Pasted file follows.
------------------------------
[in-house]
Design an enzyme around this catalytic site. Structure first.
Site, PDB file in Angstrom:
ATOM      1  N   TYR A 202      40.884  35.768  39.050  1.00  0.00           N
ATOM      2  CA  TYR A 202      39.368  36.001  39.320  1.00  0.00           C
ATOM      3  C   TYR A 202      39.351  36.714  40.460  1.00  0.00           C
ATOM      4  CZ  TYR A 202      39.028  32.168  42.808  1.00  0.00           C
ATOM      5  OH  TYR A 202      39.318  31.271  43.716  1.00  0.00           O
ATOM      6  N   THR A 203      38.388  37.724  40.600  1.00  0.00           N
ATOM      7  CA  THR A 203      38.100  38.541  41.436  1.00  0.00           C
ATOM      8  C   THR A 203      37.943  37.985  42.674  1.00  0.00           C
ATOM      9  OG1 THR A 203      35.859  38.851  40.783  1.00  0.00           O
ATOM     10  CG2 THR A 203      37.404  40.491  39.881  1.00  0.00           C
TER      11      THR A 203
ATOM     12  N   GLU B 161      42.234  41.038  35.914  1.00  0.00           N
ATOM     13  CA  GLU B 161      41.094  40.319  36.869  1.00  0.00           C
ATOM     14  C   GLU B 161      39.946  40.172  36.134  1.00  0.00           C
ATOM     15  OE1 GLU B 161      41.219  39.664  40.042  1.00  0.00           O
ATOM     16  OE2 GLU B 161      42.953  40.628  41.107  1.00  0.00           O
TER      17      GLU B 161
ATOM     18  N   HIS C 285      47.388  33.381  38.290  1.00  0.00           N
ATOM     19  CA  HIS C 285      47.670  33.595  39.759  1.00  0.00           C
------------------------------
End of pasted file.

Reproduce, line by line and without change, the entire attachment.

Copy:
[in-house]
Design an enzyme around this catalytic site. Structure first.
Site, PDB file in Angstrom:
ATOM      1  N   TYR A 202      40.884  35.768  39.050  1.00  0.00           N
ATOM      2  CA  TYR A 202      39.368  36.001  39.320  1.00  0.00           C
ATOM      3  C   TYR A 202      39.351  36.714  40.460  1.00  0.00           C
ATOM      4  CZ  TYR A 202      39.028  32.168  42.808  1.00  0.00           C
ATOM      5  OH  TYR A 202      39.318  31.271  43.716  1.00  0.00           O
ATOM      6  N   THR A 203      38.388  37.724  40.600  1.00  0.00           N
ATOM      7  CA  THR A 203      38.100  38.541  41.436  1.00  0.00           C
ATOM      8  C   THR A 203      37.943  37.985  42.674  1.00  0.00           C
ATOM      9  OG1 THR A 203      35.859  38.851  40.783  1.00  0.00           O
ATOM     10  CG2 THR A 203      37.404  40.491  39.881  1.00  0.00           C
TER      11      THR A 203
ATOM     12  N   GLU B 161      42.234  41.038  35.914  1.00  0.00           N
ATOM     13  CA  GLU B 161      41.094  40.319  36.869  1.00  0.00           C
ATOM     14  C   GLU B 161      39.946  40.172  36.134  1.00  0.00           C
ATOM     15  OE1 GLU B 161      41.219  39.664  40.042  1.00  0.00           O
ATOM     16  OE2 GLU B 161      42.953  40.628  41.107  1.00  0.00           O
TER      17      GLU B 161
ATOM     18  N   HIS C 285      47.388  33.381  38.290  1.00  0.00           N
ATOM     19  CA  HIS C 285      47.670  33.595  39.759  1.00  0.00           C